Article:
There are many books out there about relationships and heartache, 'how-to-be-happy' and 'beat-the-blues' type of self-help literature -- enough to blow your mind, but none seem to ever stick once you put the book down. It's like learning about a new diet. You read about it, go down the list of what foods to eat and which ones not to eat, and then a month later, the practice of this particular diet goes right down the drain. It's unrealistic. As humans, we create a pattern -- a habit -- a ritualistic type of behavior and persona for ourselves. Some say it's genetic, while others say it's not. Like a father who hits his kids just because his father did it to him as a child. Wouldn't he want to give his child the life he wished for himself? But, it's a pattern ingrained in the impressionable mind of a child. "This is OK to do." And as he grows up, he becomes what he thought was "good". He or she ends up doing the same thing to their child, and so the pattern continues and never changes.
Everything we do now has been 'set' from our past. Whatever people do to you is because of something that triggered from their past, no matter how long ago or how recently -- it instills this sense of mistrust. It's not all about you. So if someone cheated on me, I may think that you'll do the exact same thing. I might even obsess over it until I'm proven "right" (because my ego always wants to be right) or, when I'm sadly proven wrong. Strange that I would say, "sadly wrong" -- because that should be a good thing since you weren't cheating on me. But the thing is, relationships go downhill once someone is proven to be loyal. The person who is loyal is now upset that you've insulted their integrity and faithfulness. The process is exhausting to the person being accused. Stranger fact is -- even when one person finds out the other cheated and was "right" about it -- the relationship may get better. The acceptance of bad behavior in relationships seem to cater to that hurt little child inside -- like, "This is OK to do," or perhaps a self-sabatoging type of inner core that stems from childhood. Even sadder is, "I deserve this anyway." It's a lack of love for yourself. If you truly love yourself -- love the inner chid inside -- you would protect them with all your heart. "Nobody's ever gonna hurt you again!" You wouldn't tolerate it, because you love that child so much and they "DESERVE" better, don't they?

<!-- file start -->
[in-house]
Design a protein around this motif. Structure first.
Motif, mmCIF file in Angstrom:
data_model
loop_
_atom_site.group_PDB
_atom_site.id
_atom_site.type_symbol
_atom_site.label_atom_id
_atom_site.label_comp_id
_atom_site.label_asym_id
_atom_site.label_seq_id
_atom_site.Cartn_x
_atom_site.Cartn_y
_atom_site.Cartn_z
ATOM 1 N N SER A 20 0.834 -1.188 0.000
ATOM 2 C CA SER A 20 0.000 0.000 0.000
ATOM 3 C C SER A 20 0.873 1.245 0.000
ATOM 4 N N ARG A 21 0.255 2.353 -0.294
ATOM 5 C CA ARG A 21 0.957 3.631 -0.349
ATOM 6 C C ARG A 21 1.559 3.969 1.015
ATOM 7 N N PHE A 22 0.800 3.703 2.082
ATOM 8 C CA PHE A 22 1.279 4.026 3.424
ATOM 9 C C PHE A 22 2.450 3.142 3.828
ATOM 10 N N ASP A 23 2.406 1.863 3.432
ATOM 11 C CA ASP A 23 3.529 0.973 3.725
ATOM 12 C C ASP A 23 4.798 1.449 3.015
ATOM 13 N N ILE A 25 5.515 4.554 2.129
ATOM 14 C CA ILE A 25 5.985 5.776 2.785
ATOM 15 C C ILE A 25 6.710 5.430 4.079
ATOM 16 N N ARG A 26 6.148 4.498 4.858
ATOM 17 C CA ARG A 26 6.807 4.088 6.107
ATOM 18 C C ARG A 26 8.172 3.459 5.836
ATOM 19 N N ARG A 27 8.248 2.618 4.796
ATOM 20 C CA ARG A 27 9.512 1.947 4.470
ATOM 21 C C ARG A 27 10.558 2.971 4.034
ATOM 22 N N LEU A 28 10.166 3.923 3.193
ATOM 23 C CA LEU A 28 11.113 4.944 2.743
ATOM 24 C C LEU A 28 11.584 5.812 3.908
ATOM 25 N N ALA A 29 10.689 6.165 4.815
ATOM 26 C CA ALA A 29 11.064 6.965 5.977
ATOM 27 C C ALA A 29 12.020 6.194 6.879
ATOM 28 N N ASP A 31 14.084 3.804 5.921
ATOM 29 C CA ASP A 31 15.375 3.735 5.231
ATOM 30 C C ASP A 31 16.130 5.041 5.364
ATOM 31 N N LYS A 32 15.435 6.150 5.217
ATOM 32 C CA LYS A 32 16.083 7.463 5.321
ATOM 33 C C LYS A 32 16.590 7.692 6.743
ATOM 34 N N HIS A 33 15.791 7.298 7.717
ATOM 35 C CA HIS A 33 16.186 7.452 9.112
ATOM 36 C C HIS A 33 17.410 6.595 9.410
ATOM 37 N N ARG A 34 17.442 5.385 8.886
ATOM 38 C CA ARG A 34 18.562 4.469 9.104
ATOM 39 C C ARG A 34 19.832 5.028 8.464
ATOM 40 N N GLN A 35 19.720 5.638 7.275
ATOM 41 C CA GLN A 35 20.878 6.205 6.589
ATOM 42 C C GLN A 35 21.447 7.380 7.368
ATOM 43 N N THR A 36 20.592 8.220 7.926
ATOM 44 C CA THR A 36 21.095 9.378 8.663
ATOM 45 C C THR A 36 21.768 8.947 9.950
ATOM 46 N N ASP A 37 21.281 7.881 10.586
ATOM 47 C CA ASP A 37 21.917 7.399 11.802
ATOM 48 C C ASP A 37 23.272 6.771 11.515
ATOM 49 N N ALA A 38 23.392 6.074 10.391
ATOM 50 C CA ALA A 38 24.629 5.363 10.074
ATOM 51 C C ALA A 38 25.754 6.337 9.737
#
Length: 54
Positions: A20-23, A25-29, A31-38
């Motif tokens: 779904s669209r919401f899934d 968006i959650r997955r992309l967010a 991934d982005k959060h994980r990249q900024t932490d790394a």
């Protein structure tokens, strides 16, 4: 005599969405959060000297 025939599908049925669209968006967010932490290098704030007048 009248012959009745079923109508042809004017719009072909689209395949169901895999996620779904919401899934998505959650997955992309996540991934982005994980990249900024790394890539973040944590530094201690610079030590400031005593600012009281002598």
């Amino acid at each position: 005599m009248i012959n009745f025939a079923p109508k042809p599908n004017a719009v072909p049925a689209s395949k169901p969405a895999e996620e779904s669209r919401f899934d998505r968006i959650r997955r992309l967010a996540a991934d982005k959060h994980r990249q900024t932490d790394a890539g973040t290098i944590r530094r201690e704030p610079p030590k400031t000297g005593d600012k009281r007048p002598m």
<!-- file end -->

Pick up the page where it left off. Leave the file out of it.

But that person will probably never change. It's a pattern of their behavior that's been ingrained since childhood. You can't change something so drastically imbedded in somebody's personality and mind. It doesn't happen overnight because you can't remove the past memories that still linger. So if it happened back then, it can surely happen now. And so, many remain bitter to the thought of "what if", which is sometimes the most dangerous concept to live by. I'm guilty of it myself. "What if" triggers my anxiety and panic attacks -- and as much as I try to remove it out of my mind, it somehow creeps back in. So, I'm not trying to rid of my anxiety, more than I am trying to cope with my anxiety. I realize that it will not change. I need to have better coping skills.
We go into relationships thinking the best possible (hopeful)
thoughts about the other person because we get so caught up in the excitement. Both people put on their best "personality wardrobe" -- and sometimes, they layer up so much, that you won't be able to see what lies beneath it all. It could be months or years until you discover what they're really wearing on their back before it's too late, or even after you've married them in some cases.